It's time for the bathing beauties to march to the nearest waterside oasis and take a perch in the sun.
However, some preparation is needed or beachgoers face the risk of splotchy skin, brittle hair and cakey make-up that could cause some cringe-created wrinkles. Some advice from beauty experts:
The need for sunscreen should go without saying but despite the link between sun damage and skin cancer, some people still resist, says Dr David Bank of New York's Centre for Dermatology, Cosmetic and Laser Surgery.
Maybe sunscreen irritates sensitive skin or aggravates acne in oily skin? Products that use the minerals zinc oxide or titanium dioxide are less likely to stir up those conditions, says Dr Bank
Zinc and titanium are referred to as "chemical-free" blocks and have some anti-inflammatory and anti-bacterial properties so they tend to work well for both skin types.
He also suggests those with sensitive skin use sunscreens with soothing aloe, and those with acne-prone skin should consider oil-free preparations with a light texture.
Linda Wells, editor in chief of Allure magazine, encourages application of sunscreen before you put a swimsuit on. If you're naked, she says, you won't miss a spot.
Bank says no sunscreen is 100 per cent water or sweat-proof, and should be reapplied every two hours.
On the beach or by the pool, wear as little make-up as possible because in bright sunlight it becomes "quite visible" and you risk looking clownish, says Wells.
For the lip gloss (with SPF) and waterproof mascara choose soft, natural colours, she suggests. Once you're done in the sun and your skin has a deeper tone it's time to punch up the colour, advises make-up artist Ashunta Sheriff.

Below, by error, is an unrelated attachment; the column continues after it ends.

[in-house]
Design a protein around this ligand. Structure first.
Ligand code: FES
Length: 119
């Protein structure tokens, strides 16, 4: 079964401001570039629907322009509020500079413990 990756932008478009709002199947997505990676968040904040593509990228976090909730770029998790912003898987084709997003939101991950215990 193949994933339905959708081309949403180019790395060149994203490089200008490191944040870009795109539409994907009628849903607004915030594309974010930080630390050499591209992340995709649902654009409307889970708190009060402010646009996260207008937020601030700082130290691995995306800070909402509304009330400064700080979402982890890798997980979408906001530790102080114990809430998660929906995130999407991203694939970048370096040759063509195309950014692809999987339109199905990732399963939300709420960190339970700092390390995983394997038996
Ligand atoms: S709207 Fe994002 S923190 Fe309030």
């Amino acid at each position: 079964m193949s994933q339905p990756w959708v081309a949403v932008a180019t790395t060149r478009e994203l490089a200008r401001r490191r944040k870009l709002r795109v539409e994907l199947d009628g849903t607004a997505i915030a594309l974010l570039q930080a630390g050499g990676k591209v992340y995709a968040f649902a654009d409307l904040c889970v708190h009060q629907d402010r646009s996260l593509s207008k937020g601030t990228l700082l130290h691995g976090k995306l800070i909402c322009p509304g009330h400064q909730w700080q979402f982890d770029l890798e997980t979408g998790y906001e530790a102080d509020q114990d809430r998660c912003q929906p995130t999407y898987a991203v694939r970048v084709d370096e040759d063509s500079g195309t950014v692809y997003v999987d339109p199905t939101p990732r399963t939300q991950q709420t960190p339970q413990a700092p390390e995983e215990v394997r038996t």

"You should wear the same colour family that you wear in the winter or spring, but now you should be getting deeper," she says.
For a woman with light skin who gravitates towards pinks and nudes for her lips and cheeks, try tawny or apricots, and those with olive skin who normally wears peach might consider coral.
Orange-coral colours, raspberry, cinnamon and spicy brown all complement darker skin once they've had a hint of sun.
Wet your hair before you wet your body, advises stylist Robert Vetica, dousing with tap or bottled water.
This fills the cuticle, making it harder for salt or chlorine to penetrate it.
Using a leave-in conditioner before swimming or sun exposure protects it as well.
Colour-treated hair might need extra protection, perhaps from a UVA-blocking treatment.
"Without a hat or sun protector, coloured hair will fade and potentially turn brassy - and you'll end up spending a lot more time and money on it," observes Wells.
Generally, though, there's little use for other products, says Vetica.
"Heat and moisture will change the molecular structure of your hair so the products you apply before exposure to these elements will add unnecessary strain on the hair."
Same goes for styling tools. Instead, he says, let your hair dry "au naturale".
"There is nothing like a beautiful sun-kissed face with hair pulled up or behind in a low messy pony for an evening out," he says.
You don't even have to use shampoo since chlorine and salt water both serve as cleansers. But you do need a good rinse with clean water before drying off. AAP